- Directed by: Anthony Fabian
- Starring: Lesley Manville, Isabelle Huppert, Lambert Wilson, Alba Baptista, Lucas Bravo, Ellen Thomas, Jason Isaacs
- Drama/Comedy/History | PG | 1 hr 55 min
By Reed Ripley
Every so often, a film comes along that tries to remind everyone good things come to good people. Mrs. Harris Goes to Paris does just that, even if the real world doesn’t stand by that phrase often enough.
It’s so earnest, and so authentically so, that it’s impossible not to fall for its charm (unless you’re a big fan of keeping couture dresses out of the working class’s hands, I suppose). It’s about an unapologetically hopeful housekeeper, Ada Harris (Lesley Manville) chasing her high fashion dreams from the streets of London to the halls of the House of Dior, despite the odds. Simple enough, and simply effective.
The story is especially poignant given its context. Rather than defaulting to generic European period drama pastiche, the setting is well-defined: first London, then Paris, in 1957. Both cities are still recovering from World War II’s trauma, shown broadly through economic woes and class divides, and specifically through Mrs. Harris’ grief and unmooring after her husband is finally declared killed in action after a war-era plane crash.
Mrs. Harris’ unwavering optimism and unrelenting kindness cut right through that tension. Her bright light in a dark time lifts everyone who crosses her path, including the film’s audience. She’s a wonderful character, made even more wonderful through Manville, who’s able to convey warmth and positivity despite a constant, simmering sadness.
This could have easily stayed a light, breezy, shallow jaunt about an affable housekeeper on a fashion adventure in Paris, but the filmmakers clearly wanted more. Mrs. Harris is way more technically sound and interesting than it has any right to be, at least by the standards of your typical feel-good affair. The production and costume design are the stars, as they need to be in a European period piece about fashion, but it doesn’t stop there.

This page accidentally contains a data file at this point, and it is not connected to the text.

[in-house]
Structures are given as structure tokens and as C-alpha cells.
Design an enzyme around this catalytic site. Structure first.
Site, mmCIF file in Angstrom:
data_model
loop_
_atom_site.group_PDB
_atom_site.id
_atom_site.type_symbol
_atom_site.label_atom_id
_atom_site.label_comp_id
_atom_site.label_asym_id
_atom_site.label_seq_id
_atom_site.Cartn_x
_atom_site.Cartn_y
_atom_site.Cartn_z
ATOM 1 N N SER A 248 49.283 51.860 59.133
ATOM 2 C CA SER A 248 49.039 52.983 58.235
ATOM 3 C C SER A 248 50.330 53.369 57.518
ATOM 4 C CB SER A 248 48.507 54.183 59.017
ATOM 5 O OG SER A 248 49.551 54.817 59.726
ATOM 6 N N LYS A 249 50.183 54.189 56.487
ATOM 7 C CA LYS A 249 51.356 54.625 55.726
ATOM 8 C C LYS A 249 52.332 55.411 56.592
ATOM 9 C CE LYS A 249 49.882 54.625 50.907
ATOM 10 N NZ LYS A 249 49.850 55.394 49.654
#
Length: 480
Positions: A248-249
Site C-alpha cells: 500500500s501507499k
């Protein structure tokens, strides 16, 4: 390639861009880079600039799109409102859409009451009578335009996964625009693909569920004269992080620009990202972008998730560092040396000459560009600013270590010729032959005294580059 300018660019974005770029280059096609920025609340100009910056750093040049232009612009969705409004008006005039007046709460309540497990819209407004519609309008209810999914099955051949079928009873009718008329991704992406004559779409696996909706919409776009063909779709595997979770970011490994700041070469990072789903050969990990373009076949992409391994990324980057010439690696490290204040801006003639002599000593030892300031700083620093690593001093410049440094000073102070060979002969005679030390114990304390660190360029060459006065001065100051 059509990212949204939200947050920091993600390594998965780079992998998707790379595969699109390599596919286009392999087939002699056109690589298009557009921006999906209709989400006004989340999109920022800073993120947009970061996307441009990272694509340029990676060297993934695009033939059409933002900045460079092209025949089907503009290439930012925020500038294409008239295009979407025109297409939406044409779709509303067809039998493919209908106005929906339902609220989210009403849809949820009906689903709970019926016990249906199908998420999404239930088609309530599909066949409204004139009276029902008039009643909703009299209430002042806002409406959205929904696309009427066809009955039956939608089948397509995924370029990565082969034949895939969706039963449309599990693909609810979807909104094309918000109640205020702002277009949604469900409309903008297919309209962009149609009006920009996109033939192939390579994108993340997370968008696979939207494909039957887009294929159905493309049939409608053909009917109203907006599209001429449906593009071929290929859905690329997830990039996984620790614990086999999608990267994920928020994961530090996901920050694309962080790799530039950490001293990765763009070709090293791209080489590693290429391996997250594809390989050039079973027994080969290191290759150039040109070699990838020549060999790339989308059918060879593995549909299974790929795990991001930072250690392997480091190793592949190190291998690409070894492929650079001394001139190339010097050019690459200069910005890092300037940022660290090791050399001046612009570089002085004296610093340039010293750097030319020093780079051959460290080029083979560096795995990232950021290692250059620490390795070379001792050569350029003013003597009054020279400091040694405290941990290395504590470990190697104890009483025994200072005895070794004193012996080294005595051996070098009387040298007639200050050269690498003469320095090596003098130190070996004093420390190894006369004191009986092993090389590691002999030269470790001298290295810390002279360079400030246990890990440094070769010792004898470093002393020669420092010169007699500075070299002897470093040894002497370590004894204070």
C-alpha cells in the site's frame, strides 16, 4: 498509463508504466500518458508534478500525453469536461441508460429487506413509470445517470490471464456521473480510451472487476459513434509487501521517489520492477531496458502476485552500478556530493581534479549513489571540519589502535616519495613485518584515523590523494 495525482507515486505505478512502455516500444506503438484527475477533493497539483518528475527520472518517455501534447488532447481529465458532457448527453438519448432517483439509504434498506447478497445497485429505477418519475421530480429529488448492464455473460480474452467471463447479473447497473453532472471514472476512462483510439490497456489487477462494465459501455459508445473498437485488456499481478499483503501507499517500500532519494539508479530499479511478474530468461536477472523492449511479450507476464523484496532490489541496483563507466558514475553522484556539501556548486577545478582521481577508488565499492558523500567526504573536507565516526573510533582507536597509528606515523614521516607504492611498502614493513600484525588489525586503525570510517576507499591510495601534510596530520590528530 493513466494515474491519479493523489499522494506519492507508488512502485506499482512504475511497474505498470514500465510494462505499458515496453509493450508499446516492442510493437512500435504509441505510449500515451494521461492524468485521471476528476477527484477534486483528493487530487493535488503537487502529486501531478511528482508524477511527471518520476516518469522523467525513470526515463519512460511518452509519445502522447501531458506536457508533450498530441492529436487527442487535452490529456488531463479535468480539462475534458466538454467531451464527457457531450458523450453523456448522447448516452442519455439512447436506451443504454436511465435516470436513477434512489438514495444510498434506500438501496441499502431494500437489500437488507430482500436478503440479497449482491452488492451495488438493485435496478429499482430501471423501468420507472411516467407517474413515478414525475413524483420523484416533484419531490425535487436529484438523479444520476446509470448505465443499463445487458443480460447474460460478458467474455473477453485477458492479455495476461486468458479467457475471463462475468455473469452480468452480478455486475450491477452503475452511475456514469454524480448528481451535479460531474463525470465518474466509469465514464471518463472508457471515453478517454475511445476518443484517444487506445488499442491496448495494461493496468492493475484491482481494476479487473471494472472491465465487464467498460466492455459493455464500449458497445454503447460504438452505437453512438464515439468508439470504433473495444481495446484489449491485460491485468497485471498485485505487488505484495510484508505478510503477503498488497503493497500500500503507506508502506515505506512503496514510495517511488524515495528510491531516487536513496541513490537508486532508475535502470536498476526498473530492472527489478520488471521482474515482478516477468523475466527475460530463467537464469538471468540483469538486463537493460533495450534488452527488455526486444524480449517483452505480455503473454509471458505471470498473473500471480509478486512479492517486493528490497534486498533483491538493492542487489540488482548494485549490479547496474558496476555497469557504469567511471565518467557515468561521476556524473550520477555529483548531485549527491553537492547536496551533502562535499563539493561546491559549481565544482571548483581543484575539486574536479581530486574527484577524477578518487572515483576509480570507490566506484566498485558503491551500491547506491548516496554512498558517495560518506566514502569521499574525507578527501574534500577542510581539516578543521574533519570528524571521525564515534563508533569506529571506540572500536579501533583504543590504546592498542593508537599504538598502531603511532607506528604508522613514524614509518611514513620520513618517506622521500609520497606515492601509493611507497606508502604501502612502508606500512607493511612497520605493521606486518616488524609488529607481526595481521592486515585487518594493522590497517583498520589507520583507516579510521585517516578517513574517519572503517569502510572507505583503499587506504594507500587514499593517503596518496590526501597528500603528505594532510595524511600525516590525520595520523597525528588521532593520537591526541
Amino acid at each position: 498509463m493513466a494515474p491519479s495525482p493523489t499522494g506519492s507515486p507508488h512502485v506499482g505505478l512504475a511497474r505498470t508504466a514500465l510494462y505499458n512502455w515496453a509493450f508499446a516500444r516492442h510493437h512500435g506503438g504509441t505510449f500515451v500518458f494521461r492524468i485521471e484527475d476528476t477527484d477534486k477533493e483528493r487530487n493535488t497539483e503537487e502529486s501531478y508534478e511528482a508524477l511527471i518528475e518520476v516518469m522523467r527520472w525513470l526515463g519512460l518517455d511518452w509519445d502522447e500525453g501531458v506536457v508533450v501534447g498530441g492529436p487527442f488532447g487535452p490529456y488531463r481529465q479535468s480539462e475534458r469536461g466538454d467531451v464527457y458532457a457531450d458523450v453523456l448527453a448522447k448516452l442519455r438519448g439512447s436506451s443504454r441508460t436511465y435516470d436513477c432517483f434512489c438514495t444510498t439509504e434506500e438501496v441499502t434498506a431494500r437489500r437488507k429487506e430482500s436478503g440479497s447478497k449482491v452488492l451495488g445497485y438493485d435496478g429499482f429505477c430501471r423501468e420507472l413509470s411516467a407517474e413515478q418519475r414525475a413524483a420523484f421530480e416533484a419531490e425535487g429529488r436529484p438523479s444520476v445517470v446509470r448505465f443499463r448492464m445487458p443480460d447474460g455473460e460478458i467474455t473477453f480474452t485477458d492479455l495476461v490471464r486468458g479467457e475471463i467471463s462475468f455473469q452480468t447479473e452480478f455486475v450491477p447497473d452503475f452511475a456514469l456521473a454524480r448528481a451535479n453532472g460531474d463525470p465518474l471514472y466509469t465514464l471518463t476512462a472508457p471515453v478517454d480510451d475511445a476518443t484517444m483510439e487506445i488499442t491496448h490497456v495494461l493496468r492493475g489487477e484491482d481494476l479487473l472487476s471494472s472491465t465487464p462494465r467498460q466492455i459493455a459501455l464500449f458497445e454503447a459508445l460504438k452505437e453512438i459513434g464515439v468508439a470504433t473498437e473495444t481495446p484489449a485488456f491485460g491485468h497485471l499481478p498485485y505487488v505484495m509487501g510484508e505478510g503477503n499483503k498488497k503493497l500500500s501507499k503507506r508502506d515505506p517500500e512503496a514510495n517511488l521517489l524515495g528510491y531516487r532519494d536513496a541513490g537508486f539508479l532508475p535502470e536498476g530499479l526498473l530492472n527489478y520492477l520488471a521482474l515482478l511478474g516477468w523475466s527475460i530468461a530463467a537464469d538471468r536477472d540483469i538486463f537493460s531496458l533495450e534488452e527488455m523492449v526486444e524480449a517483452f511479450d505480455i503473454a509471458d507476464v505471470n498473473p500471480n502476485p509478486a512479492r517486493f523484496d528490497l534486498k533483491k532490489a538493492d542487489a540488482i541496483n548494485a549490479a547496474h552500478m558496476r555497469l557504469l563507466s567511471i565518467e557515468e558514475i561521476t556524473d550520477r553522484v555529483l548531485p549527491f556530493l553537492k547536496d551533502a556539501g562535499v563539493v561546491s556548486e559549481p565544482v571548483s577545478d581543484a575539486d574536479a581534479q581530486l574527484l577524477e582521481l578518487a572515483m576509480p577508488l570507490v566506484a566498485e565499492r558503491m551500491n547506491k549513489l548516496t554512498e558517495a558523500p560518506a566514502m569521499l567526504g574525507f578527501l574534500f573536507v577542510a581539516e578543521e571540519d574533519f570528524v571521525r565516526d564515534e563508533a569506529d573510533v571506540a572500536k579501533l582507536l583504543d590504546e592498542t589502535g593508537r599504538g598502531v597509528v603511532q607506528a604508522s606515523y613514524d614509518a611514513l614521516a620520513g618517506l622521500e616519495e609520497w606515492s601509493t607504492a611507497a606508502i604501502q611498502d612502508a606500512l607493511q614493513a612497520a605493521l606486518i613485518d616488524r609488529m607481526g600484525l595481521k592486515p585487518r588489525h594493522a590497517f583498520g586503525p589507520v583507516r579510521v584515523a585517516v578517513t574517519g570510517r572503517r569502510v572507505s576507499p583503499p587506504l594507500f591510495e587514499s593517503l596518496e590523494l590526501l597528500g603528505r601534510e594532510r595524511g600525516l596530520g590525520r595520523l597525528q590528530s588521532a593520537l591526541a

For example, there are some notable camera flourishes, including a couple dolly zooms on Mrs. Harris (a dolly zoom moves the camera away from the subject while zooming in to mess with perspective; think Roy Scheider in the “get out of the water” scene from Jaws and plenty of Hitchcock shots). Dolly zooms are meant to disorient, and here they’re used to show how a Dior dress throws Mrs. Harris for a loop. It’s not going to win an Oscar for cinematography, but it’s one of several much-appreciated attentions to detail and craft that help the film’s heart burst through.
Manville necessarily carries things, but there’s also a deep bench of talented performers around her. Each one gets a moment or two to make an impression, and they don’t waste the chances the film gives them. The only drawback to all those collective moments is they spread the characters too thin. It leaves very little space for anyone outside Mrs. Harris to develop, and it’s one of the only parts that feels thin.
Amidst all Mrs. Harris’ falling upward, there’s a knowing wink to the unlikelihood of all the good fortune. The truth is life isn’t fair, and a real-life analogue to Mrs. Harris doesn’t have things work out so well simply because she puts such positive energy into the universe. The film knows that, and it doesn’t care.
It’s a fairy tale, and fairy tales aren’t meant to depict real life. They’re meant to spark hope and joy, and there’s plenty of that to go around in Mrs. Harris.
You can find more review from local movie critic Reed Ripley at Ripleysreviews.com